When a shaft is transmitting a power from driver equipment to the driven equipment, It is necessary to calculate the shaft diameter from the torque based on the maximum torque that can be transferred through the shaft or the maximum amount of twist in the shaft. Otherwise, the shaft may not satisfy the functionality of the equipment.

# Inputs that we need to calculate shaft diameter

As we know Torsional equation (Read more about the torsional equation here)

Where

**τ** = Torsional stress induced at the outer surface of the shaft (Maximum Shear stress).

** r** = Radius of the shaft.

**T** = Twisting Moment or Torque.

**J** = Polar moment of inertia.

**C** = Modulus of rigidity for the shaft material.

** l **= Length of the shaft.

**θ** = Angle of twist in radians on a length.

From Torsion Equation we can consider

It can be written as

Polar moment of inertia will be calculated from the following equation.

Polar moment of inertia for a circular cross-section is

From this, the maximum torque that can be transferred thru the shaft can be written as

From the above equation, we can calculate the unknown factors. In our case, the shaft diameter is the unknown factor.

So we need the following input data

- The maximum torque that would be transferred thru the shaft (We can calculate torque from the Power and the speed also)
- The torsional shear stress of the material

Let’s take a sample problem to calculate the shaft diameter from the torque.

# Sample Problem to calculate the shaft diameter from the torque

**Problem: A shaft is transmitting 200 kW at 1200RPM. Find a suitable diameter for the shaft, if the maximum torque transmitted exceeds the mean by 30%. Take maximum allowable shear stress as 70 MPa.**

**Answer:**

Given data

Power(P) = 200kW = 200 x 10^{3 }W

Speed (N) = 1200RPM

Operating Torque (T_{Operating}) = ?

Maximum torque that can be operated on the shaft = 30% to the operating torque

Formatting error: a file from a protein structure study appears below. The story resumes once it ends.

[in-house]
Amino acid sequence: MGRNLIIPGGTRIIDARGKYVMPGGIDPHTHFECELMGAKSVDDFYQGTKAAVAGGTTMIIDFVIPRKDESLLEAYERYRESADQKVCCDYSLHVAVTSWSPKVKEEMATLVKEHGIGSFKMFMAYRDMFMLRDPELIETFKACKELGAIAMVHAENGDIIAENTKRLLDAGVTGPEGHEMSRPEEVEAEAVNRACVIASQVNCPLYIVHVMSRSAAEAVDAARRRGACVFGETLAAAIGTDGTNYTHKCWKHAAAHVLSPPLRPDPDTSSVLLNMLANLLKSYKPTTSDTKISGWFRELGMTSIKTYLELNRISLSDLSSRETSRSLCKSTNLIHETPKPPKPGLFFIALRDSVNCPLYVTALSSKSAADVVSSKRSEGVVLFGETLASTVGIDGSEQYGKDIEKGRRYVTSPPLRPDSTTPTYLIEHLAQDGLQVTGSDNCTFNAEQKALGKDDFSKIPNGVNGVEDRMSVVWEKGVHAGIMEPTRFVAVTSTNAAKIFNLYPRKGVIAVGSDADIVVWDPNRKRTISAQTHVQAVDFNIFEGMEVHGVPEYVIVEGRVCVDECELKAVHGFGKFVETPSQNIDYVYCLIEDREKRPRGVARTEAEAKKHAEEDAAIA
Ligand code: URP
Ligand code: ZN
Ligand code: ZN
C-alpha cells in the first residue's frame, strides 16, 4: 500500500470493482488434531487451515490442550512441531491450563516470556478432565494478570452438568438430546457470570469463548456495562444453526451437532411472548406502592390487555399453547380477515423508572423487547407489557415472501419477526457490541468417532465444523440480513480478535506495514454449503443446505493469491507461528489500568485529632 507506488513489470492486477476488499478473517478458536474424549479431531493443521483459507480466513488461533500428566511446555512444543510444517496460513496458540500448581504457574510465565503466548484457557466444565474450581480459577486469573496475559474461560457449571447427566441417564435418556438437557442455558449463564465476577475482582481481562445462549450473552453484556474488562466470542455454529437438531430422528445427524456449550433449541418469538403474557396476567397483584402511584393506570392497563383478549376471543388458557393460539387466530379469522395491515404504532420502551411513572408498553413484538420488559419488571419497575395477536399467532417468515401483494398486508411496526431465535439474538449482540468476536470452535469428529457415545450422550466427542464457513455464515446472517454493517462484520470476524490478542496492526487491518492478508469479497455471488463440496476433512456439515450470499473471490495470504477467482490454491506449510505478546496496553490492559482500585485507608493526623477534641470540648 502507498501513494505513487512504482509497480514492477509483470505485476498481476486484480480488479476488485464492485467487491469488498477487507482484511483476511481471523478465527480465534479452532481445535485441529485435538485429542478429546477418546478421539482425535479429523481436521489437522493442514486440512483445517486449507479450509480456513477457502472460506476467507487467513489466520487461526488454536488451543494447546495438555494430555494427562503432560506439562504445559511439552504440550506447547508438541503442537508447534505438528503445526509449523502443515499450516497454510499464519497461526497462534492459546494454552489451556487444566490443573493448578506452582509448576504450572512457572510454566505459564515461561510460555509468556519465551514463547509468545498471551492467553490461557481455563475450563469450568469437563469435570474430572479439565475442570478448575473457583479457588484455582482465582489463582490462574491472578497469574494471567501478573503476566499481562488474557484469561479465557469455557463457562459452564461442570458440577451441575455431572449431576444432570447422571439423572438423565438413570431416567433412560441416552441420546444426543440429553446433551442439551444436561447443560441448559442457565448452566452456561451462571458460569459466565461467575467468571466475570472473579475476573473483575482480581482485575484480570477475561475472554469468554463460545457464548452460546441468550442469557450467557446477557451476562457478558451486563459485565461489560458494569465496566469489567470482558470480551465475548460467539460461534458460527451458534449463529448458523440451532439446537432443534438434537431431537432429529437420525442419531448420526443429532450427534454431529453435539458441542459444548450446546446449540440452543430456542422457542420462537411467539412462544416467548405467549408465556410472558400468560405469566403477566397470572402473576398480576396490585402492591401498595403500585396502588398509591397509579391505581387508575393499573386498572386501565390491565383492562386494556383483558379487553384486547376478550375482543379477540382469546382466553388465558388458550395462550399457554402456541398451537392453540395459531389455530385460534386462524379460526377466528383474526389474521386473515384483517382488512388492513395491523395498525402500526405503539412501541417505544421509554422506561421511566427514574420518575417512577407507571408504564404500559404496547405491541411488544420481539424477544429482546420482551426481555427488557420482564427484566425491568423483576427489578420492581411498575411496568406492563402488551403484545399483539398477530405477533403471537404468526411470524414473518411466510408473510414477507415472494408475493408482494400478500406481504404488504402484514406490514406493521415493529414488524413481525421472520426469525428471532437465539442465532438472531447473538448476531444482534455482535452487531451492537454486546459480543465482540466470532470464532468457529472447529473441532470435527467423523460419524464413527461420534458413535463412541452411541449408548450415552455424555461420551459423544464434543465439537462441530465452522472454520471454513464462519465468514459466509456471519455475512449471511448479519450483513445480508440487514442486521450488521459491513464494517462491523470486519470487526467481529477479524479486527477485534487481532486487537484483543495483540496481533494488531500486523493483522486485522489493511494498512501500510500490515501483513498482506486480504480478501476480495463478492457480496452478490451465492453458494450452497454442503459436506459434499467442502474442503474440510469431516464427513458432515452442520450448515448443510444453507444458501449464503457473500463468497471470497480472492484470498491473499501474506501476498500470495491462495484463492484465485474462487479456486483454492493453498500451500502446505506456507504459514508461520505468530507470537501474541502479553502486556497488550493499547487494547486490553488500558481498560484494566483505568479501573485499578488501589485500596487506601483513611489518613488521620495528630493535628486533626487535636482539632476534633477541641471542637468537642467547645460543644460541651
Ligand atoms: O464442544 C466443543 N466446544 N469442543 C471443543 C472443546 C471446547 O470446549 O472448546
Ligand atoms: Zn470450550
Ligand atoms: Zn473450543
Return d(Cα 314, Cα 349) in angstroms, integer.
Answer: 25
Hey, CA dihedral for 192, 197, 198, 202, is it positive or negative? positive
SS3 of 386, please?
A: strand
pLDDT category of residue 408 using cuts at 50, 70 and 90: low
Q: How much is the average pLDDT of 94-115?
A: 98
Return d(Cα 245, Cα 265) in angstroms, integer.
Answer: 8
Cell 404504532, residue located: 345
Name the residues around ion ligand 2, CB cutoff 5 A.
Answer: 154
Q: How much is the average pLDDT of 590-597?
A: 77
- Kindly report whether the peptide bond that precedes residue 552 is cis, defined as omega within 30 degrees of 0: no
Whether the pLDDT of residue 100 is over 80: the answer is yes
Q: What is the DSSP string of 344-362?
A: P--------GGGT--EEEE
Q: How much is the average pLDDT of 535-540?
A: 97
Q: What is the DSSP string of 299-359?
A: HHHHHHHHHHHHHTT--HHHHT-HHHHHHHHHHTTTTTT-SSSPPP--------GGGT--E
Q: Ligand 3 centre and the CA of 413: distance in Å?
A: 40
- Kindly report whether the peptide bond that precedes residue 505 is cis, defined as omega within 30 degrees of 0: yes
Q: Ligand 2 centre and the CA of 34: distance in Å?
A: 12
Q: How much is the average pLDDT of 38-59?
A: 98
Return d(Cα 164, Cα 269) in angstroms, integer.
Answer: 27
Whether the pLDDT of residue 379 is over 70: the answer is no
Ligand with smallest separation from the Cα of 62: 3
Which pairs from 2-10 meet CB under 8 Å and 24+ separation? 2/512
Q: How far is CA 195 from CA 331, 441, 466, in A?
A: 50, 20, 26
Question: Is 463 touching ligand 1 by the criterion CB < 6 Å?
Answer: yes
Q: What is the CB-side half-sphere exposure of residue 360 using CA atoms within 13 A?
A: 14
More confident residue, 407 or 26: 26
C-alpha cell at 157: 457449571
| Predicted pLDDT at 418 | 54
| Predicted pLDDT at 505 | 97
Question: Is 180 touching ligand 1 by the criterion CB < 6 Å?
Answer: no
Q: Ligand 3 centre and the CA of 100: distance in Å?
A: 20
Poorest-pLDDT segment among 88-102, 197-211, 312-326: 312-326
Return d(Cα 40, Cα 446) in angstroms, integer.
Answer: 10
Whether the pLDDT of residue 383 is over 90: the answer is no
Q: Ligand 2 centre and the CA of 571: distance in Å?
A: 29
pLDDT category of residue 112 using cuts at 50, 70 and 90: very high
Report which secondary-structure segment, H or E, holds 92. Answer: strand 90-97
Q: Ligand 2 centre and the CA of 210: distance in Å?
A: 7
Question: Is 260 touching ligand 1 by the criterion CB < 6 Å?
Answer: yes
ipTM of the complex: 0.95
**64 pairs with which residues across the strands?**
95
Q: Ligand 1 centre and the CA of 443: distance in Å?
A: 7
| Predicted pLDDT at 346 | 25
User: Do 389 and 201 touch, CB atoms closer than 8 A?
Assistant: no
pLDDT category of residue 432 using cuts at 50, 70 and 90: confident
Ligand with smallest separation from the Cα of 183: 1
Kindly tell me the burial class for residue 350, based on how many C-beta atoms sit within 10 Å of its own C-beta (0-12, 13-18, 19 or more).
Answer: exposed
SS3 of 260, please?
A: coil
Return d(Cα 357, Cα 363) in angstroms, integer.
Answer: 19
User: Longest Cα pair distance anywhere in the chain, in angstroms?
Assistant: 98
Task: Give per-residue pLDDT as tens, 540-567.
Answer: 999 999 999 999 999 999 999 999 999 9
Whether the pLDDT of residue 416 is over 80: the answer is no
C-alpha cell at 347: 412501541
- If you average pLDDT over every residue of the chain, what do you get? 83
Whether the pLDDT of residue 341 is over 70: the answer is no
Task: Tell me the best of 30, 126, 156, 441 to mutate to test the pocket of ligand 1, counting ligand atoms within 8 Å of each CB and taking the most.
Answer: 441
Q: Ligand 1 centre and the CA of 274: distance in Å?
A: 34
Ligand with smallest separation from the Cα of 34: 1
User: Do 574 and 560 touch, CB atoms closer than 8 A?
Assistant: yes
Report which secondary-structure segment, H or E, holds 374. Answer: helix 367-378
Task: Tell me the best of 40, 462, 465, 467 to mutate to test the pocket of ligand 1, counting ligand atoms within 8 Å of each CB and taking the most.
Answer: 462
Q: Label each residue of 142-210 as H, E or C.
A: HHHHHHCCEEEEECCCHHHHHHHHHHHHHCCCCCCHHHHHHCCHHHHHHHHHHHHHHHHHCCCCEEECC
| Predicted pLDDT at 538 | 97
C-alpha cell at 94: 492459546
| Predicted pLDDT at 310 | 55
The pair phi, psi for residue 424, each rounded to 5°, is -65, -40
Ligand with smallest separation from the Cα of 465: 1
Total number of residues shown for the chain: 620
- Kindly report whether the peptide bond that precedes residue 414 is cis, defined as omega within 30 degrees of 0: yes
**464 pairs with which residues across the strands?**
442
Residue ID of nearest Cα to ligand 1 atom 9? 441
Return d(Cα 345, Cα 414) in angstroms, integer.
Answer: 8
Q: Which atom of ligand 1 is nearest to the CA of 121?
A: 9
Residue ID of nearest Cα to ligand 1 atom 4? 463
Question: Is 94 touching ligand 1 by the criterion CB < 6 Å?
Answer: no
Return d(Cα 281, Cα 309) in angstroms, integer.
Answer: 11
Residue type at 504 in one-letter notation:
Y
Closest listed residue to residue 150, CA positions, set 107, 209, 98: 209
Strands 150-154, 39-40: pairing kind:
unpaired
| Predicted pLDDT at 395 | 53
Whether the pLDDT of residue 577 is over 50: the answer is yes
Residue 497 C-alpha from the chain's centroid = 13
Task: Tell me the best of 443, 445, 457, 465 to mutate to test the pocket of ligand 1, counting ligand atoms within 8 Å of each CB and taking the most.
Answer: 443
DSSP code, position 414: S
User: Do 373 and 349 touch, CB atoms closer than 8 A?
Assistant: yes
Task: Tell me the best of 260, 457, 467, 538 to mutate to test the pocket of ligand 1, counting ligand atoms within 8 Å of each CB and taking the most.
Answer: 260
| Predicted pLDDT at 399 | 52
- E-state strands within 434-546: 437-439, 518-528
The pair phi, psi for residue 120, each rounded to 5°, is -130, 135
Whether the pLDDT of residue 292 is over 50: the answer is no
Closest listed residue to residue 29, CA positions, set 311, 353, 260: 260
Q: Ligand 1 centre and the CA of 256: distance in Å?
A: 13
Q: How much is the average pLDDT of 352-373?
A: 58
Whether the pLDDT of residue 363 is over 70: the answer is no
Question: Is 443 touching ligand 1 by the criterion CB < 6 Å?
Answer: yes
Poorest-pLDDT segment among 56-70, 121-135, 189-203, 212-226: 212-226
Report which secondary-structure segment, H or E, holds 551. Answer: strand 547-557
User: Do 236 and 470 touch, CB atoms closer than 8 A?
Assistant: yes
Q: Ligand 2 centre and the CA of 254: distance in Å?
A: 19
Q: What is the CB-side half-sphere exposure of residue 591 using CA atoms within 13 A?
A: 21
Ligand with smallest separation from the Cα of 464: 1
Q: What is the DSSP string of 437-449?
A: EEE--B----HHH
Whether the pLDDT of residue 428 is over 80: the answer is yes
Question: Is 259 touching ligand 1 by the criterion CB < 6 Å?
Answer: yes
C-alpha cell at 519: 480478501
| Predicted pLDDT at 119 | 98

T_{Max} = 1.3 x T_{Operating}

We have power(P) = (2 π N T)/60 = (2 x 3.14 x 1200 x T)/60

200 x 10^{3 }= 125.6 x T

T = 1592.36 N-m

Operating Torque (T_{Operating}) = 1592.36 N-m

Where T_{Max} = 1.3 x T_{Operating}

T_{Max} = 1.3 x 1592.36

T_{Max} = 2070.06 N-m

Maximum torque that can be operated on the shaft (T_{Max}) = 2070.06 N-m

From this maximum operating torque, we can find the shaft diameter with above equation

2070.06 x 10^{3 }N-mm = (70Mpa (N-mm^{2}) x π x d^{3})16

d^{3 }= 150687.075 mm

d = 53.19 mm

The required shaft diameter will be a 53 mm shaft

# Conclusion

Here we only consider the maximum torque that can be transferred through the shaft as the known factor to calculate the shaft diameter. We can also find the shaft diameter with the maximum angular twist that can be allowable in the shaft by considering the shaft stiffness(C) and the torque relation(Given below) from the torsional equation.

Try the following exercise problem and post your answer in the comment box below! Let’s see who can post the right answer.

**Exercise problem: A shaft is transmitting 97.5 kW at 180 r.p.m. If the allowable shear stress in the material is 60 MPa, find the suitable diameter for the shaft. The shaft is not to twist more than 1° in a length of 3 metres. Take C = 80 GPa.**

Dane says

Not sure

Pankaj N Bid says

How to calculate shaft diameter, when subjected to torsion and bending moment. Know Power is 20 kW and rpm is 400. Material of shaft is AISI 4140.

alex says

d3 = 150687.075 mm

d = 53.19 mm

How have you got 53.19 out of d3, shouldn’t the answer be 438.01 ?

ø = 2 x √(A / π)

Sundar Dannana says

My friend, it is simply the (150687.075)^(1/3)

Devender Narang says

shaft dia = 103.098 mm

Sundar Dannana says

Yes, correct Devender Narang.

Good job